So, she sits alone every Saturday night. She stopped listening for the phone to ring a long time ago. And she always knows the location of the nearest bridge. It gives her a strange sort of comfort.
Just ahead, she saw the alley in the sunlight. If she could make it she would be safe. Her heart pounded and she felt the package tucked inside her sweater. Father Daniel had trusted her and she couldn’t let him down. She heard footsteps behind her but didn’t turn to look. Father Daniel said if she could make it to the Cathedral, a Friar would be waiting to take possession of the package. Suddenly she felt like she was in a bad novel. She stepped into the sunlight and turned right. Hopefully her story had a happy ending.
I’ve just spent the weekend in bed and let me say there’s nothing worse than laying in bed watching TV all day when you’re forced to rather than when you’re just lazy and it’s your choice. (Ok, that was a bit dramatic. I’ve been known to embellish for effect. And for sympathy. I got out of laundry duty today. Go me!)
I’ve got an injured foot. A rather vague description I know but I’m not convinced the Urgent Care doctor got it right when he diagnosed an arthritic toe joint. (I’m waaay too young for THAT word.) And the pain is in my arch not just my toe. Besides, according to WebMD my condition is near fatal. So I’m reserving judgment until I get into my family practice (which was booked last week) for a second opinion. And probably a referral to a podiatrist if this pain doesn’t let up soon. And with luck something stronger than ibuprofen.
In the meantime I iced, elevated and hobbled my way through the weekend, cringing every time I stepped the wrong way. And laid in bed flipping through 7000 channels of nothing to watch. And cried over my shoe closet. At least for the foreseeable future my feet will be flat on the ground. I had to reassure my beautiful heels that I wasn’t abandoning them. Even if they did almost kill me. Well, at least according to WebMD. Now where did I put my Will?
She lived a charmed life. That’s what everyone thought. She was a shy girl from a small town who always wanted to get out, and she did. She told glorious stories about the places she had lived, sixteen cities and counting. She dressed impeccably, wore designer clothes, and considered mascara and jewelry to be both necessary and logical. She traveled to Paris, Rome, London, Spain, Athens, Vienna, her passport was filled with stamps and her mind was filled with memories. Her favorite color was Tiffany Blue. She lived a charmed life. That was the illusion. What they didn’t see was the nights she sat alone, staring at the dark sky, waiting for a star to wish upon.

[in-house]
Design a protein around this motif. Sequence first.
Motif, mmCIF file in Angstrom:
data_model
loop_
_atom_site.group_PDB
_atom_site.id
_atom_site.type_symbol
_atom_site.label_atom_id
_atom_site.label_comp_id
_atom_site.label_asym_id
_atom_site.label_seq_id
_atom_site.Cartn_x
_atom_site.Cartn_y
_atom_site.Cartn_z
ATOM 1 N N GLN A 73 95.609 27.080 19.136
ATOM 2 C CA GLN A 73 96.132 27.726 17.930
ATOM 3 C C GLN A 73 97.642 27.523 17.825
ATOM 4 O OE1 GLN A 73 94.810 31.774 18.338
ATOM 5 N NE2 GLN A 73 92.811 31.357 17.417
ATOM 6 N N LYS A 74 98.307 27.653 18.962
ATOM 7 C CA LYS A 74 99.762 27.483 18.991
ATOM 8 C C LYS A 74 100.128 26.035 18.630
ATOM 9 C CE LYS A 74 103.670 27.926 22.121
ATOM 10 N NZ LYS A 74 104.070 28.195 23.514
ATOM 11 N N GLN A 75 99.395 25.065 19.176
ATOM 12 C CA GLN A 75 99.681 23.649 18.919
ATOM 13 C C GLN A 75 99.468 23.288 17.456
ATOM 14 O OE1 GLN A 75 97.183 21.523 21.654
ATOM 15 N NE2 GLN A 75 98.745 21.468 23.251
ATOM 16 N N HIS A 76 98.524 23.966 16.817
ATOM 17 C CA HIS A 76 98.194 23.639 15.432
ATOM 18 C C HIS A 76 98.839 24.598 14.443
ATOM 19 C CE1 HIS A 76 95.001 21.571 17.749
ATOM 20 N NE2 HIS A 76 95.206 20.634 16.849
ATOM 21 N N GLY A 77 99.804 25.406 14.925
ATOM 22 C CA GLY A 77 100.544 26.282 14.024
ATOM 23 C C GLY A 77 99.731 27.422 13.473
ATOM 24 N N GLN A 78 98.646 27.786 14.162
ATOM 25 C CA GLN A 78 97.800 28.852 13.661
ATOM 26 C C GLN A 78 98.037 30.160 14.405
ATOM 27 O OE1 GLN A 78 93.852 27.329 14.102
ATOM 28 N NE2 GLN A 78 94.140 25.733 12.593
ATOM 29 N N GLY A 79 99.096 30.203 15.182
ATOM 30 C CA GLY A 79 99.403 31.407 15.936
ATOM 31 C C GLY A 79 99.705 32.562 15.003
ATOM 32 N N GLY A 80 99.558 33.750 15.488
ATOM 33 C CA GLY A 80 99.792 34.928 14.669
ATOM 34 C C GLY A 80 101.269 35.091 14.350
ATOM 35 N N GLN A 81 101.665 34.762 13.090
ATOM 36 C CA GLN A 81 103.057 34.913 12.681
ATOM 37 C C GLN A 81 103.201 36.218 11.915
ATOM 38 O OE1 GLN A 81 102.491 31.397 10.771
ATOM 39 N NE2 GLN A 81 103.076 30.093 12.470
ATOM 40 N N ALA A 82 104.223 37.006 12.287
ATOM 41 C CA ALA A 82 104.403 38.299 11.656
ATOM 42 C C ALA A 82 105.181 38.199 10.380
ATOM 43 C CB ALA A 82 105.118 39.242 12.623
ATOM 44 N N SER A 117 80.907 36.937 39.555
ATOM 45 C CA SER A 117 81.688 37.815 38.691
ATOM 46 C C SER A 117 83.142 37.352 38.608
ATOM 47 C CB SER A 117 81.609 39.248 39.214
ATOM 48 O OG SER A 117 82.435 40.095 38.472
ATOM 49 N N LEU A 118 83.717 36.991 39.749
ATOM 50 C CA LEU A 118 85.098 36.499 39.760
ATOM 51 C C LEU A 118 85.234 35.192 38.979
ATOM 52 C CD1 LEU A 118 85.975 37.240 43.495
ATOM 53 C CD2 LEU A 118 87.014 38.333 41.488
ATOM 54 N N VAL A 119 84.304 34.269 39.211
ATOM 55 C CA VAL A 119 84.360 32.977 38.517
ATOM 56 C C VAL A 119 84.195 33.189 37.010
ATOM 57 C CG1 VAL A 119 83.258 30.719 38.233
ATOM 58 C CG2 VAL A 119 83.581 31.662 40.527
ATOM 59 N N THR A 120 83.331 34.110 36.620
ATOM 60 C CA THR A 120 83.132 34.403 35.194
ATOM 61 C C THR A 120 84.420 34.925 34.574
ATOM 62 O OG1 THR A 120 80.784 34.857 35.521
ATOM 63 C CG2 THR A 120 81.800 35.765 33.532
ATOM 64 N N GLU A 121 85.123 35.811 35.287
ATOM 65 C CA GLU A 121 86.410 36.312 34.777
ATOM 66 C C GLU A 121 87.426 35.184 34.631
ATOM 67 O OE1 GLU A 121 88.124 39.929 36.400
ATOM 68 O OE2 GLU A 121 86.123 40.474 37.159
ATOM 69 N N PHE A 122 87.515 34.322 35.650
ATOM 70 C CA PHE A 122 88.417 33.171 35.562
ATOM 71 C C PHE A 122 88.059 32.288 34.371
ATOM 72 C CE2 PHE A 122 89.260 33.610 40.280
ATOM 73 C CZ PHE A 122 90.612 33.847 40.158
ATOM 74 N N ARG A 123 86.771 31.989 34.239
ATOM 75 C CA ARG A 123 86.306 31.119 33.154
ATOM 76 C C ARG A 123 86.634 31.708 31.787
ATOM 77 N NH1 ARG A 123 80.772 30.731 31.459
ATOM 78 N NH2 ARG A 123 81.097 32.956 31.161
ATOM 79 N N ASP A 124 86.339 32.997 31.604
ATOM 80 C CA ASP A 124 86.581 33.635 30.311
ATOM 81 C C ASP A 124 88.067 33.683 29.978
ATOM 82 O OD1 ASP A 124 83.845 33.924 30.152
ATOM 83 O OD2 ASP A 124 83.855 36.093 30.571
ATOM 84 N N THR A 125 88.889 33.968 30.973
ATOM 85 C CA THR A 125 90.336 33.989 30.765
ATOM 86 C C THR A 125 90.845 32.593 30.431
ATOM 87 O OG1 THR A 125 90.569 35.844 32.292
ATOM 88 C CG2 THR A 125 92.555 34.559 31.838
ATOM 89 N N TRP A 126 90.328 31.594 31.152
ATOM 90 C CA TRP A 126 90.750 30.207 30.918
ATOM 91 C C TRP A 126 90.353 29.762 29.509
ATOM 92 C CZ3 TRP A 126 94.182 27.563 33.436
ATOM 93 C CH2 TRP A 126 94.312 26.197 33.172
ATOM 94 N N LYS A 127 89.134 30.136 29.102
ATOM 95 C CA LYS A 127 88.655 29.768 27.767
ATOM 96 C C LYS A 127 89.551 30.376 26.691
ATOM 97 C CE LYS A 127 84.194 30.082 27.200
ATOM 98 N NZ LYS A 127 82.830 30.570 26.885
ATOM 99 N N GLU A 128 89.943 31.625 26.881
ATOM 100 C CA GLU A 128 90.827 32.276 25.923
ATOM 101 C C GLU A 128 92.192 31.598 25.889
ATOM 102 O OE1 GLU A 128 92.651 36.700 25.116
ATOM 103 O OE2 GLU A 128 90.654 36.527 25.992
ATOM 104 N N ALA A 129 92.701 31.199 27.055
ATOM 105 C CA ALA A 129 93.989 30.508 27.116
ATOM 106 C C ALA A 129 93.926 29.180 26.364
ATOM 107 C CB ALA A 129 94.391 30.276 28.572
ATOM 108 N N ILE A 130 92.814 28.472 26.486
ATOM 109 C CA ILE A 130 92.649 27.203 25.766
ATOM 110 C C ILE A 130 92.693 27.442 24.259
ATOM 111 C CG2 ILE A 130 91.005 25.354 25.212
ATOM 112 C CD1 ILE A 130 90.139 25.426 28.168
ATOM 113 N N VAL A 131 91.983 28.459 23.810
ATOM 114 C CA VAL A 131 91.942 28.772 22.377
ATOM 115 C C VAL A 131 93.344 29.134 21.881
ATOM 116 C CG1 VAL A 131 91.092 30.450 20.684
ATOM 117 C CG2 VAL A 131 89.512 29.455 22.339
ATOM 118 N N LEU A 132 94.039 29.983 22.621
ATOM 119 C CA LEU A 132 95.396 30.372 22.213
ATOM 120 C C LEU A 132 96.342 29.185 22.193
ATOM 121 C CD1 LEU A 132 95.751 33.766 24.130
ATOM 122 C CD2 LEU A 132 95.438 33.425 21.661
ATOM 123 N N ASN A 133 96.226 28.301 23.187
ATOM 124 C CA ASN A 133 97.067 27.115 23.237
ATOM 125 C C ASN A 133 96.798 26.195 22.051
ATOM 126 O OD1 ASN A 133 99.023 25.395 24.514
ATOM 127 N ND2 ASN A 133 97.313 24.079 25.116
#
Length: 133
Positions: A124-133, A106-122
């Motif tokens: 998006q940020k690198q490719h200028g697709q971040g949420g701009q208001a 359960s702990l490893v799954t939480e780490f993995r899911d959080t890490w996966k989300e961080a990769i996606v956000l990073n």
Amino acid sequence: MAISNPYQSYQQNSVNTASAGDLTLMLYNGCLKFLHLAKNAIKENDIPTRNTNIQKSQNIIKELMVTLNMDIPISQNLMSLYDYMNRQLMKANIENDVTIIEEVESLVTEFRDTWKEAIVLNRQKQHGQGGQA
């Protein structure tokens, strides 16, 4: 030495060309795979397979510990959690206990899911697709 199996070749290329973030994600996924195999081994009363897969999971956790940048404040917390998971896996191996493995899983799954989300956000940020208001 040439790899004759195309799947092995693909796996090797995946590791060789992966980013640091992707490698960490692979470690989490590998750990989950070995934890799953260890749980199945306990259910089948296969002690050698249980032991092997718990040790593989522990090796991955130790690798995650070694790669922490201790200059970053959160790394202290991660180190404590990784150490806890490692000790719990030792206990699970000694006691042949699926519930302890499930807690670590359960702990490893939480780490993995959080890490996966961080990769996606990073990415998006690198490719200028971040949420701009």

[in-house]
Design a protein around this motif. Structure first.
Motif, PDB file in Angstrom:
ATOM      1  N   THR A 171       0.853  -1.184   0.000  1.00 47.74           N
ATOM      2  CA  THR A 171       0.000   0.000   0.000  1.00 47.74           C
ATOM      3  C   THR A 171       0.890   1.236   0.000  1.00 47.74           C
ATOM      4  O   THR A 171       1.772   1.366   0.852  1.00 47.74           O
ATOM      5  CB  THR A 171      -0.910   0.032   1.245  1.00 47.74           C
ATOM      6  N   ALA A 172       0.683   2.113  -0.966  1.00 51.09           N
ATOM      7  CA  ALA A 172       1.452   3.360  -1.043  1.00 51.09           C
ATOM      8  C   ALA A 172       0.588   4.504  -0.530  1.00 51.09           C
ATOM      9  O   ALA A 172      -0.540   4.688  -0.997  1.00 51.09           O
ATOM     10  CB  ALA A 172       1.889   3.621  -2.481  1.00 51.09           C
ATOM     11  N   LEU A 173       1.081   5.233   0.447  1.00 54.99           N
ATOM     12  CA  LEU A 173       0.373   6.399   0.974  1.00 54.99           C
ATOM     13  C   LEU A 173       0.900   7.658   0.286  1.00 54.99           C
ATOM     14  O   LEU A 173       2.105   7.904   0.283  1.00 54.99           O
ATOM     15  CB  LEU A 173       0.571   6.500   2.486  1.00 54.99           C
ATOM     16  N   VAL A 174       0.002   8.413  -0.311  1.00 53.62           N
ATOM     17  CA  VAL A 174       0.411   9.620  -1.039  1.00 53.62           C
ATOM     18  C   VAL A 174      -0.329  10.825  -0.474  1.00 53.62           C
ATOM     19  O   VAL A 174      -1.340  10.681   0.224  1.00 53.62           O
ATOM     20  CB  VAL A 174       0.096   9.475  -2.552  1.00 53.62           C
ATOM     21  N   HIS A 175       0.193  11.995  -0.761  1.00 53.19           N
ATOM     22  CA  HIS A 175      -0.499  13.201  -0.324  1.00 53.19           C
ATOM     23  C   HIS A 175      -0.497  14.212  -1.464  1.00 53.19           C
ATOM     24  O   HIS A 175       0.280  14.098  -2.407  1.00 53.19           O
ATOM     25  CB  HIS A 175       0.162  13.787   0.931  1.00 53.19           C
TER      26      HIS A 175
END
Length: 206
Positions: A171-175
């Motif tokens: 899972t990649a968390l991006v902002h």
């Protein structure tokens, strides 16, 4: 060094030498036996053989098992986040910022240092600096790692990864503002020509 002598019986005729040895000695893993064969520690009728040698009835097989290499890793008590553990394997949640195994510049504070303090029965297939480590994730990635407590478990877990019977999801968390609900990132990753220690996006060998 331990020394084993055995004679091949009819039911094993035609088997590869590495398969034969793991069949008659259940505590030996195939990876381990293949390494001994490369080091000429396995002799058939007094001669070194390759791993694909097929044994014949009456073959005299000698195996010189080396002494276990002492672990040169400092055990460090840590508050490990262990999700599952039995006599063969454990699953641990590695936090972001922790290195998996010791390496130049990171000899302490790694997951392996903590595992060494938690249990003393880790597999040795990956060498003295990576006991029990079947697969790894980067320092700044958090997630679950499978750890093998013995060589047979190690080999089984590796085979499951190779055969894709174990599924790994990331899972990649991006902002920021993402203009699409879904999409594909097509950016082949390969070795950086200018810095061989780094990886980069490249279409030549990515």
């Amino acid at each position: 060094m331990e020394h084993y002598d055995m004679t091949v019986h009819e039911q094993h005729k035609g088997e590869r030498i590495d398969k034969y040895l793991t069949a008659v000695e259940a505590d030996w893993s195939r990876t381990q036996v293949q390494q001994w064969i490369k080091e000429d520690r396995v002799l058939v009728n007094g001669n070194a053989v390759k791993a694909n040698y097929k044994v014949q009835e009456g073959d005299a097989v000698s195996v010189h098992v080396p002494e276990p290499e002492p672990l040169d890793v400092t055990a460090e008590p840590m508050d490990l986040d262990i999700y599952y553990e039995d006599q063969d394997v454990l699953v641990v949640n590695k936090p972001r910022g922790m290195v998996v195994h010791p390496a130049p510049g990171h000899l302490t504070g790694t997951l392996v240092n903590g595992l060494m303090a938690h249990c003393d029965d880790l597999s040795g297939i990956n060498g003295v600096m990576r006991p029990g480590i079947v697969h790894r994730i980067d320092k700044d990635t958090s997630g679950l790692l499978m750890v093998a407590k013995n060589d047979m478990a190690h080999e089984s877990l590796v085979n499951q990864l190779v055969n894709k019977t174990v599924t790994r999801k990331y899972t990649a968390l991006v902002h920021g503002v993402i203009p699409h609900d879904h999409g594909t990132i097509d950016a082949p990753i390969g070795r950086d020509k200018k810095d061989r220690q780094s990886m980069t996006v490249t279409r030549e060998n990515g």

Thank you to Rochelle Wisoff-Fields for hosting Friday Fictioneers. If you’d like to participate click here for more information.
“There’s a hurricane coming. You should stay home.” He stared at the darkened sky, inky black in the distance.
“This interview is huge. I can’t miss it. And I have my lucky charm.” She jangled the bracelet he’d given her for their anniversary. “Besides, they won’t run the ferry if it’s not safe.” She kissed him softly, sweetly. “I’ll be fine. Call you tomorrow.”
~ ~ ~ ~
Turning on the morning news, his coffee mug fell and shattered, hot liquid rivulets snaking across the tile floor when he saw the lead story.
I’m not a particularly religious person. But I do have faith. And I believe in the basics of humanity, that everyone – despite our religious differences, despite our ethnic differences, despite the many other differences that drive us apart – has the capacity for grace. Father Robert Barron describes The Loop of Grace: “The more we give back to God, the more we get, and then we must give that back again, so as to get even more in return. This is the loop of grace.” I believe this has a more practical application in these troubled times. Substitute “others” for “God”. See how much your life changes. See how much you change the world.
It was a tradition dating back to high school. Every year on July 3rd we gathered at the river, drank beer, and lit bottle rockets; a “Fourth of July Eve” of sorts. Thirty years later and we still gathered, the sound of 80s hair metal mixing with laughter carried on the night air, soaring as high as the fireworks we set off. Our numbers had dwindled, some had moved away, some had moved on from this world. We toasted to everyone who couldn’t be with us, and remembered the days long gone. Days we thought would never end, and days we knew would never last.
Leaning against the door-frame he quietly watched her, his heart-shaped lips curling gently upward. She was so beautiful when she was sleeping. Her light copper hair fell in messy waves across the pillow. The moonlight cast a soft glow on her face and highlighted her upturned nose and pursed lips, forehead creased as if in deep thought. He wanted to be in her mind, wanted to know what she dreamed about. He hoped it was about him.
Her emerald green chemise clung to her curves and the deep V neckline emphasized the soft curves of her breasts. He resisted the urge to go to her, to touch her, to caress her. He wanted to drink in the sight of her in the stillness of the warm summer night. He had ached for her on the long nights away. The nights he spent on the road, singing his love-struck melodies in nameless bars and faceless clubs. The words meant for her, wasted instead on strangers. When he had wanted only to return to her.
Now he couldn’t wait one more second. He slipped between the sheets and pulled her tightly against him, burying his nose in her hair and savoring the fresh smell of cherry blossoms. She shifted and murmured his name then melted into him. He sighed. He was finally home.